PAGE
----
Episode 5 | April 26, 2016
A discussion at the 2016 Association for Asian Studies conference with Prof. Dyron Dabney (Albion College), Prof. Patricia Maclachlan (University of Texas, Austin), and Prof. Leonard Schoppa (University of Virginia) about the challenges and opportunities that lie ahead for the field of Japanese Studies. Thanks to the Japan-U.S. Friendship Commission for organizing the panel that inspired this podcast!
Yamakiya Taiko – Interview with Genki Endo, Keisuke Suzuki, Erik Santos, Toko Shiiki
Episod 4 | April 5, 2016
Fukushima’s Yamakiya Taiko Ensemble is one of Japan’s leading taiko performance groups, having played such prestigious venues as the Kennedy Center for Performing Arts in Washington D.C. The leaders of Yamakiya Taiko (Genki Endo and Keisuke Suzuki) sat down with JSRH ahead of two Ann Arbor performances organized by local filmmaker Toko Shiiki and Prof. Erik Santos (U-M SMTD). We discuss the history of their troupe, their connection to Michigan, and what taiko drumming signifies for them as they negotiate the difficulties of life in Fukushima after the nuclear disaster.
Reflecting on the 3/11 Disasters – Mieko Yoshihama & Satsuki Takahashi
Episode 3 | April 2, 2016
This episode features a discussion with Prof. Mieko Yoshihama (University of Michigan School of Social Work) and Prof. Satsuki Takahashi (U-M CJS Toyota Visiting Professor / George Mason University Dept of Sociology and Anthropology)about their on-going research projects in northeastern Japan, which was devastated by a massive earthquake, tsunami, and nuclear disaster five years ago this month.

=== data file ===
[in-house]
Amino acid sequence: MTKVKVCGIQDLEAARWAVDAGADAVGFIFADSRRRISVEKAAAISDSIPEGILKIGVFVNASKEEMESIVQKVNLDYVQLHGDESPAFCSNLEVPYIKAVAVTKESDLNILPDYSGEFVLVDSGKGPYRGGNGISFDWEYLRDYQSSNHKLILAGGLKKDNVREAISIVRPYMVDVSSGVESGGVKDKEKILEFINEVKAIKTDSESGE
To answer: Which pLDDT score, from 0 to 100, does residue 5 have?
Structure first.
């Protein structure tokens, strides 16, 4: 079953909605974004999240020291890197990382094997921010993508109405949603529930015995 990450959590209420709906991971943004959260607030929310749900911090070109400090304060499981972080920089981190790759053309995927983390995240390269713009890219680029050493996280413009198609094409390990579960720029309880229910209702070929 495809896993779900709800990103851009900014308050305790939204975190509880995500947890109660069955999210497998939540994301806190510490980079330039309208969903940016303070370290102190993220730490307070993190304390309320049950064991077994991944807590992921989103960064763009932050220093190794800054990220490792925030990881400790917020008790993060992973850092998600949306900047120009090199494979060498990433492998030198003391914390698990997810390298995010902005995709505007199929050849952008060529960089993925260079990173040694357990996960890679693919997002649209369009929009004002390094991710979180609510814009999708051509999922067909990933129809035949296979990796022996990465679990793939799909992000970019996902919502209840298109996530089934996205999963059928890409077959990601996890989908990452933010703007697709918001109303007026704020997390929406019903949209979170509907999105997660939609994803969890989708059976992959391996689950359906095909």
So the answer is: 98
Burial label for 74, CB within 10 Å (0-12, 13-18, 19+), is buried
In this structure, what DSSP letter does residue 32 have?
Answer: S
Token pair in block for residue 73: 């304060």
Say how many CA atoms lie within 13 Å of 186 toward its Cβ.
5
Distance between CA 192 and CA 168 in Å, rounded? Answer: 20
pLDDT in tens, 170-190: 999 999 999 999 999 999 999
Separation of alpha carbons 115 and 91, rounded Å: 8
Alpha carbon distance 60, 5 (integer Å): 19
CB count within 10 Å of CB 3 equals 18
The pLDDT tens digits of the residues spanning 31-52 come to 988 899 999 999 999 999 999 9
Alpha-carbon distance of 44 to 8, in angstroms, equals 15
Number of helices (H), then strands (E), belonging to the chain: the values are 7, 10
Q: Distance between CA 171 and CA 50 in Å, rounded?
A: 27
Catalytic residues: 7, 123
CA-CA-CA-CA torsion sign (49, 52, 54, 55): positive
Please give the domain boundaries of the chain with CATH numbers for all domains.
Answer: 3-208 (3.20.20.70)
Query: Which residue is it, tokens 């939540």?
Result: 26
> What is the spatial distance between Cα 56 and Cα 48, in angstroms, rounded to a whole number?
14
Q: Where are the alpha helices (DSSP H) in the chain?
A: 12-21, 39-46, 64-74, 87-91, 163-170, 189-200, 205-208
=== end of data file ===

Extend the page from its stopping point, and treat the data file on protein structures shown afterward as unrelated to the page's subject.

This photo and others mentioned in the podcast are from the book "PhotoVoice Japan." Check out the this book from the U-M library.
Japan Twang! 300 Years of Tsugaru-jamisen
Episode 2 | March 29, 2016
Enjoy an entertaining and educational concert with shamisen virtuoso Sato Michiyoshi on his first US tour! Sato is an award-winning performer of Tsugaru-jamisen, a dynamic style of music played with a three-stringed Japanese banjo called a shamisen. The style has been adapted for contemporary audiences, and Sato himself glides between traditional, jazz, rock, and neo-folk modes, performing solo, with his father, and with his genre-crossing Kotobuki BAND. In this one-hour performance, Sato will focus on demonstrating the range and flexibility of the instrument. The event begins with introductory remarks by Joshua Solomon, a PhD candidate in the University of Chicago’s East Asian Languages and Civilizations program.
Sponsored by the University of Michigan Center for Japanese Studies, Department of Asian Languages and Cultures, and Stearns Collection of Musical Instruments. Co-sponsored by the University of Chicago Center for East Asian Studies with support from a Title VI National Resource Center Grant from the United States Department of Education.
Part 1: Interview with Sato Michiyoshi and Joshua Solomon:
Part 2: Shamisen performance by Sato Michiyoshi, feat. Joshua Solomon:
Abe’s New Security Laws – David Leheny and Kenneth McElwain
Episode 1 | January 5, 2016
This is the first episode of the Japanese Studies Radio Hour (JSRH), featuring a discussion between Prof. David Leheny (Princeton University) and Prof. Kenneth McElwain (University of Tokyo) about the controversial security laws passed under Prime Minister Shinzo Abe, which authorize Japan’s military to take part in overseas combat missions for the first time since 1945.